The Streets of Naples
The Streets of Naples
Chances are you’ve been to another city in Italy before you find yourself in Napoli, the capital of the southern region of Campania, a place famous for it’s pizza. You’ve probably been to more manicured and curated cities like Rome and/or Florence, that are catered to the tourist. Whether you’ve frequented the Milan train station or walked the deserted alleyways of Venice at night, Naples will come as a bit of a shock to you. And no, it’s not because of all the things you’ve heard about pickpockets (which are everywhere in Italy) or the Mafia, but because Naples has a true air of realness.
The street and city life lacks the usual touristic elements that you find in some larger Italian cities and leaves room for the day to day to be appreciated. Like Genoa, it might be hard to find what’s unique and special about the place… because it takes time to discover it. But as soon as I got to Naples, I knew it was there. I would just take me some time (and a little courage) to find.
While that is a task that could take months, as well as making some amici to help you out, I was able to appreciate the richness of the historic center in the little time I was there. I happened to find my way onto the spaccanapoli. The spaccanapoli is a decumanus street, an east-west avenue, that splits Naples’ historic center in half. Its name literally means “Naples splitter.” You’ll quickly notice that you might be one of the few actual tourists on the streets.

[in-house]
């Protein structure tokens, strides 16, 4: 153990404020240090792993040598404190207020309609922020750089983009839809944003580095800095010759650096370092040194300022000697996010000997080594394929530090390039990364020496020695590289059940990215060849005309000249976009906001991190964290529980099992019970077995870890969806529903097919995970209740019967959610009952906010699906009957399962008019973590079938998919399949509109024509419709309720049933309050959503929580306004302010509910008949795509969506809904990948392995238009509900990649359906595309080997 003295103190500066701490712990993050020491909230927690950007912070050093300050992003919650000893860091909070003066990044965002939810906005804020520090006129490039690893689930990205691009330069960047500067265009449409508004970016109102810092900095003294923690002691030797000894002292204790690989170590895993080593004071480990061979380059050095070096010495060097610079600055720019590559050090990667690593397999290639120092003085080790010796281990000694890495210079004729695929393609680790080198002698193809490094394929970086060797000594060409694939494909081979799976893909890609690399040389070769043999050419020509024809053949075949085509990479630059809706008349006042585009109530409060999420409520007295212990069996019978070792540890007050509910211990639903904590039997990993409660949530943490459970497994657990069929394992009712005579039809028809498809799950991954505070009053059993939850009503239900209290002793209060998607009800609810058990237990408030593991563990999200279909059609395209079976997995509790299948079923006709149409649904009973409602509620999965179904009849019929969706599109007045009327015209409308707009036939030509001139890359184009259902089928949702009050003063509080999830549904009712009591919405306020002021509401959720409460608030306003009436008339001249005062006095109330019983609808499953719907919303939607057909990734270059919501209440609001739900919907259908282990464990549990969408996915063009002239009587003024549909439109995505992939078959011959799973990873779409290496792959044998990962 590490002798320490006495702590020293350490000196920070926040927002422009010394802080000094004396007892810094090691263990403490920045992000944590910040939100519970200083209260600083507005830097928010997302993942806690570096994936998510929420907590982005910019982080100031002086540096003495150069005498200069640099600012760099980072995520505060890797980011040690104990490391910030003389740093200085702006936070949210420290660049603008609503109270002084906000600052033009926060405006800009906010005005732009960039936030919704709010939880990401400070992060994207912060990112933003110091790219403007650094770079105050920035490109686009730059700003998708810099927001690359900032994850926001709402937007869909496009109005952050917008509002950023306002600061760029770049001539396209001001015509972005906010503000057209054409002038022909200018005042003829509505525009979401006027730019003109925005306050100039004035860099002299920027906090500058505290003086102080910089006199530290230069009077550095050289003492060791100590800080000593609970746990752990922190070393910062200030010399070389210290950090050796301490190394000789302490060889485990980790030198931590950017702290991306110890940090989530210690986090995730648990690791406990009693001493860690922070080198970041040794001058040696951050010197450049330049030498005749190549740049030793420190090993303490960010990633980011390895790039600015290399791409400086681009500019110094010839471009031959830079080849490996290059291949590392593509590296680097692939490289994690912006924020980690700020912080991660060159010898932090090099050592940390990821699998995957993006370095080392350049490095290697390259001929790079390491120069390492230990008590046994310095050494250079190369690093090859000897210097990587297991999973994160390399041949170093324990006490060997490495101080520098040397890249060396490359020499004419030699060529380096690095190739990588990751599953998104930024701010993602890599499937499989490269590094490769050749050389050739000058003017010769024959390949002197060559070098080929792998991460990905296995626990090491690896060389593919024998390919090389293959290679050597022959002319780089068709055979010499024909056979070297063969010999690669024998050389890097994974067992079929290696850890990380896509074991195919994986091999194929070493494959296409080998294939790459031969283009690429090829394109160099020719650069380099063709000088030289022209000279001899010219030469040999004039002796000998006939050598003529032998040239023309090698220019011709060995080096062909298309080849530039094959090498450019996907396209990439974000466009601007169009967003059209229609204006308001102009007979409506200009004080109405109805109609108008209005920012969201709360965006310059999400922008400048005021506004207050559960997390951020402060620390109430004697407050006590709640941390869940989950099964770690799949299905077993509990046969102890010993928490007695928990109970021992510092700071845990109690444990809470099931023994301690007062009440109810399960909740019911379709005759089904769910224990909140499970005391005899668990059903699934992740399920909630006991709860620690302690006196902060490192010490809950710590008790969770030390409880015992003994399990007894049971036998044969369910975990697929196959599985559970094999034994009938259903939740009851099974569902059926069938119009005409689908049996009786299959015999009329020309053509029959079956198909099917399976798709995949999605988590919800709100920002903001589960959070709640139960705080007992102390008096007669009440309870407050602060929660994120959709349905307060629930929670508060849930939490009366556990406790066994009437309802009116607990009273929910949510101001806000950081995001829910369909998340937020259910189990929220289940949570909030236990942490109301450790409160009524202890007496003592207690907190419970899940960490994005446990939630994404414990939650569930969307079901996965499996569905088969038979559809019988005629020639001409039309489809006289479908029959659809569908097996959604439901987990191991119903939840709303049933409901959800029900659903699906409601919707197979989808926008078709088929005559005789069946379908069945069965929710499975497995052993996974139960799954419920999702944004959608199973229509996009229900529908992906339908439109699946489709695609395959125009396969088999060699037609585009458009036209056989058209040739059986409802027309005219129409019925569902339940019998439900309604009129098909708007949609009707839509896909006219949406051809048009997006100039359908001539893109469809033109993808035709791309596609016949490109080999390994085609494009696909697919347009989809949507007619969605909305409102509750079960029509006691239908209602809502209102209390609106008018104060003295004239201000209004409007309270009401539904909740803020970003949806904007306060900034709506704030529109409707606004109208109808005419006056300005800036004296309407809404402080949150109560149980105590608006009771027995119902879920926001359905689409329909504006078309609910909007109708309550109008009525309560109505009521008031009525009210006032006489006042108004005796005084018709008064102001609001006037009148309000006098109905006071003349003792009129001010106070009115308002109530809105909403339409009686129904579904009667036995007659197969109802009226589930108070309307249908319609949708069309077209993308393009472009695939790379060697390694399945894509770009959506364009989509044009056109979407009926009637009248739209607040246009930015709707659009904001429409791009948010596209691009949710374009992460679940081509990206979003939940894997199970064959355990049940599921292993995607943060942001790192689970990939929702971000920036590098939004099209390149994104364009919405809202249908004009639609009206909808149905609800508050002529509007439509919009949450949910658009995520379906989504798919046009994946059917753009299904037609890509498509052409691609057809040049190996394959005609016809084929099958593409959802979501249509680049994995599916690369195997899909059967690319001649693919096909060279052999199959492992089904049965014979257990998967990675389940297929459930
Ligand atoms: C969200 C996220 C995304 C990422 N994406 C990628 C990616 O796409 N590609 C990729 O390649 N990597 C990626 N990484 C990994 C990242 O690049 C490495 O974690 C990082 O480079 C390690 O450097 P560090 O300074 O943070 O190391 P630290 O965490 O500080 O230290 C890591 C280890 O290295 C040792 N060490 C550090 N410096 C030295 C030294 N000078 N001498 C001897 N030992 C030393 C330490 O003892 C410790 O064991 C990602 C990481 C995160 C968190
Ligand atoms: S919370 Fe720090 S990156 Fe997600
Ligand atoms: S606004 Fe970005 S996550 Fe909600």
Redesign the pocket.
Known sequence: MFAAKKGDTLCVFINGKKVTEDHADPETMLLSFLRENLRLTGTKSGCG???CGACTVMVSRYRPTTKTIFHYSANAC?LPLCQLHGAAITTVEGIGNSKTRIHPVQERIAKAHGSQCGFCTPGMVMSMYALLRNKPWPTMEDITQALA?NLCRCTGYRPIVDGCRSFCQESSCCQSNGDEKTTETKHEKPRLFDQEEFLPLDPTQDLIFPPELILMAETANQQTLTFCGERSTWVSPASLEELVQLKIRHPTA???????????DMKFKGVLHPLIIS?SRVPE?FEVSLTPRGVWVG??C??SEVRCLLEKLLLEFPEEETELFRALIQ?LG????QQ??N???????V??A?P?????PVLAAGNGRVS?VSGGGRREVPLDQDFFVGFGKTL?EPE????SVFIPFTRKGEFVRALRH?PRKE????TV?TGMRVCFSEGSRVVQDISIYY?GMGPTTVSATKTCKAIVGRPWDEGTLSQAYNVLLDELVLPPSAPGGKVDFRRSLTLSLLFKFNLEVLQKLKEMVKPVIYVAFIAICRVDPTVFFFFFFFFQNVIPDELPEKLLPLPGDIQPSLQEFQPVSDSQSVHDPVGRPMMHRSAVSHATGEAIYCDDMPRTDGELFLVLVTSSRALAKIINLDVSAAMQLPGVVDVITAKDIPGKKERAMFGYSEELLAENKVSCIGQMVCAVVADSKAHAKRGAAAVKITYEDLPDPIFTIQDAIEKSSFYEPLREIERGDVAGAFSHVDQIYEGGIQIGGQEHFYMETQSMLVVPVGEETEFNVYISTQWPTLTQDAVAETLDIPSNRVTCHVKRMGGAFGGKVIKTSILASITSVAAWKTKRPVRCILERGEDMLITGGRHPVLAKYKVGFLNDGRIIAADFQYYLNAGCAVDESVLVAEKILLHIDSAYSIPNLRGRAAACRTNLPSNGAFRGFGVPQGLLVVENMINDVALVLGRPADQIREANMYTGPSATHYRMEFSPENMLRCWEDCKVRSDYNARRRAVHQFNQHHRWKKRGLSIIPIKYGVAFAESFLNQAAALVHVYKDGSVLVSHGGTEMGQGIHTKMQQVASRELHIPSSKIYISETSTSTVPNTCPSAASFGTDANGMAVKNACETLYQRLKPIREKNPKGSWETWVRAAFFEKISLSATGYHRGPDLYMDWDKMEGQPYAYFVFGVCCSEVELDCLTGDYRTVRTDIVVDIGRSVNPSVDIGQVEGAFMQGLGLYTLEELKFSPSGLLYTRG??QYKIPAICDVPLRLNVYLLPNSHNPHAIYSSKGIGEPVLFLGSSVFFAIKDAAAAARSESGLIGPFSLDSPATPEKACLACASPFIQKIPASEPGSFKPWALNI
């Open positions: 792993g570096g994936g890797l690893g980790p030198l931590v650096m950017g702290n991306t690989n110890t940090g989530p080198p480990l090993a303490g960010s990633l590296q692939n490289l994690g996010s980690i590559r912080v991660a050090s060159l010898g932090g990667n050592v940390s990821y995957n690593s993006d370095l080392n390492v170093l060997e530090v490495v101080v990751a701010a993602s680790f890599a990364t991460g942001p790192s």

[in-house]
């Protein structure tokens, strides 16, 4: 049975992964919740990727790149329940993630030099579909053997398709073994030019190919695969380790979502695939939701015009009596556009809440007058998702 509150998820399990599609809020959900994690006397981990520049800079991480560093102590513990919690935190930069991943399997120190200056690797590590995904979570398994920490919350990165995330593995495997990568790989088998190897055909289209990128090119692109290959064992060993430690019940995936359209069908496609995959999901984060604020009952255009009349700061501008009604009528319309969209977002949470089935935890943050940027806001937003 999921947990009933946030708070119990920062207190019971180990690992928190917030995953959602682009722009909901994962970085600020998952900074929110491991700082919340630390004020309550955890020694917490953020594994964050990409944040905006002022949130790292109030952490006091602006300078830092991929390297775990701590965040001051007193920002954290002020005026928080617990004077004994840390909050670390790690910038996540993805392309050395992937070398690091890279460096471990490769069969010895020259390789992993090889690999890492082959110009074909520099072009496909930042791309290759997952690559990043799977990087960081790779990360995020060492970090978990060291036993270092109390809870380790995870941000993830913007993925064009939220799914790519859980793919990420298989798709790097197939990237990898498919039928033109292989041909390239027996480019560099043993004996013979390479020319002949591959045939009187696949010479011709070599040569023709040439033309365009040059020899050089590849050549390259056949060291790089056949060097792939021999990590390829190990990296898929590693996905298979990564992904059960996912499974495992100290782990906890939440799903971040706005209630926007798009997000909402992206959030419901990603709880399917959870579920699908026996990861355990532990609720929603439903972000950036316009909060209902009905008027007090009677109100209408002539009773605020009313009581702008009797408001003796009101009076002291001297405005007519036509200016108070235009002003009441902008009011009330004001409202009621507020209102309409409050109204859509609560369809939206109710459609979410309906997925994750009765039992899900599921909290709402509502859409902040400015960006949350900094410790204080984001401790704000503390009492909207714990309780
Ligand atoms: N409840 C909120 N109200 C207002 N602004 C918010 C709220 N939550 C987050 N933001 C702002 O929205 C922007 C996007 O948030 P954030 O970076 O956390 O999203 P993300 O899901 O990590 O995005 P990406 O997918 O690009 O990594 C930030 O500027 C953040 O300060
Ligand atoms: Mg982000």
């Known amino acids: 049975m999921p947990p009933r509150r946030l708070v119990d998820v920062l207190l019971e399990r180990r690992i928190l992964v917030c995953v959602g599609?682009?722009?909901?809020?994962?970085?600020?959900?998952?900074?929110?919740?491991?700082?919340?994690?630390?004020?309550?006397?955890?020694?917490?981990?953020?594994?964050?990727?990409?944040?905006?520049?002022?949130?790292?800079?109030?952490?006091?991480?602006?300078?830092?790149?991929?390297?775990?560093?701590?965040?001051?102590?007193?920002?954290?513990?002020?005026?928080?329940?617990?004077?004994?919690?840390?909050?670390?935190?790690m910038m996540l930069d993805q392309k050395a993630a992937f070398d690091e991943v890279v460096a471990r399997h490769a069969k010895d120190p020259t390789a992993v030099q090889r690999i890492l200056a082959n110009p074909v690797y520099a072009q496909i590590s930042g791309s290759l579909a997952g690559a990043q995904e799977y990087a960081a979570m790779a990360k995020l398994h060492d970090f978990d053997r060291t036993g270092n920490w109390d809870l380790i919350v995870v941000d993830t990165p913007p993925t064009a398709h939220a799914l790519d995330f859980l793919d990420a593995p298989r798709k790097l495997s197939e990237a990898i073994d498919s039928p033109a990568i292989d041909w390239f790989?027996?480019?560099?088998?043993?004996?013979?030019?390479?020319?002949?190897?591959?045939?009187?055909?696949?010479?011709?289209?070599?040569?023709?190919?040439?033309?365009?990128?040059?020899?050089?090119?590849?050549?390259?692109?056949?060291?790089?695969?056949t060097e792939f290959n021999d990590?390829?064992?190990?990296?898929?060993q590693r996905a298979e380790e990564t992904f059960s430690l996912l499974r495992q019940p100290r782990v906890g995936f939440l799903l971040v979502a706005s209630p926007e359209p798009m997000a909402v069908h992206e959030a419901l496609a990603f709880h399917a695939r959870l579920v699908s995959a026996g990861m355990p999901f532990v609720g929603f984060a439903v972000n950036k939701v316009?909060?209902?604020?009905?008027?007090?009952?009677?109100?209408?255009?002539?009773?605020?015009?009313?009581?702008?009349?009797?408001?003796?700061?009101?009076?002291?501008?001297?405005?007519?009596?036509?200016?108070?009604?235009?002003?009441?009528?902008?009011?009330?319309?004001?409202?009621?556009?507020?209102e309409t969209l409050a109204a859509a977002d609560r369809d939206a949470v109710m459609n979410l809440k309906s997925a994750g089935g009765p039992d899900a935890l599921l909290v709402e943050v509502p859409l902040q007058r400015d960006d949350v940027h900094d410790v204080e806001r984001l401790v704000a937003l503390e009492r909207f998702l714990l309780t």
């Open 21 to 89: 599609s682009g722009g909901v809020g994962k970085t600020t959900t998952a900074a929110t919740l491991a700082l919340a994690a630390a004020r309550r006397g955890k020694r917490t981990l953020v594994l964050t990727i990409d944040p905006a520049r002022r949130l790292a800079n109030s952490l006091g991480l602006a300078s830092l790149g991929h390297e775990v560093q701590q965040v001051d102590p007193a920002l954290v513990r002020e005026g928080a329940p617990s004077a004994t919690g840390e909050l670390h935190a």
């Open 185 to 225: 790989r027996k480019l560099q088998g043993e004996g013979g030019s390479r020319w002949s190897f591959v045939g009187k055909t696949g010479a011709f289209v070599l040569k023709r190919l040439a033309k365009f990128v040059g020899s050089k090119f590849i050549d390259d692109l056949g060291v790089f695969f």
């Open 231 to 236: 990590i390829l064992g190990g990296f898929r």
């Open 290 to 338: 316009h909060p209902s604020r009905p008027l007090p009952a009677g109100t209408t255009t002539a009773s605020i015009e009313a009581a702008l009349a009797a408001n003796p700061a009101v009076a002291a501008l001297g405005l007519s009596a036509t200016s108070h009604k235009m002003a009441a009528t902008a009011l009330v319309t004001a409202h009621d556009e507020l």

As you walk along this pedestrian avenue, you feel like you’re walking through a cavern where life is happening above you in the little apartments and spilling out as hanging plants and onto laundry lines. Flags also wave and sway as you walk, hailing from far off places you wouldn’t initially expect. On the street you’ll pass tiny dogs, pizza parlors serving “la vera pizza Napoletana,” and pastry shops that specialize in one of the most delicious treats I’ve ever had, sfogliatelle. (A palm-sized package stuffed with orange-scented ricotta and carefully wrapped into a flaky, cone-shaped pastry. Basically heaven in your hand and I suggest you have one at Antico Forno Attanasio.) Old people, kids, seedy looking dudes, all sharing the alleys of the center and discussing the day’s happening in their particular accent. “Capito?“
If you walk towards the coast, you’ll reach the bay of Naples and have a great view Vesuvius, as well as Sorrento and Capri in the distance. I happened to be in town on a Sunday, so I got to see everyone out on the streets after Sunday morning mass with their families. I felt like I was finally witnessing that big family culture us Americans are made to believe is characteristic of all of Italy. Kids were playing on the street in their Sunday best while adults have their lunch, drink some wine and catch up under the sun.
While Naples is typically used a gateway to Pompeii, Capri, and the Amalfi coast, I urge you to take at least an afternoon to walk the spaccanapoli and for a mandatory stop in a pizzeria. The pizza is as good as people say it is. I had an amazing pie at Dal Presidente, but Da Michele is the most famous in town.
Naples is gritty. There’s trash is a lot of places you wouldn’t expect. There are seedy characters standing on street corners. As a solo female traveler you’re warned to keep your bag close at all times and head back home before dark. All good advice that I would take but don’t let that deter you from enjoying or visiting the city. Give it a chance, go with an open mind and accepting eyes, and maybe the city will charm you like it did me.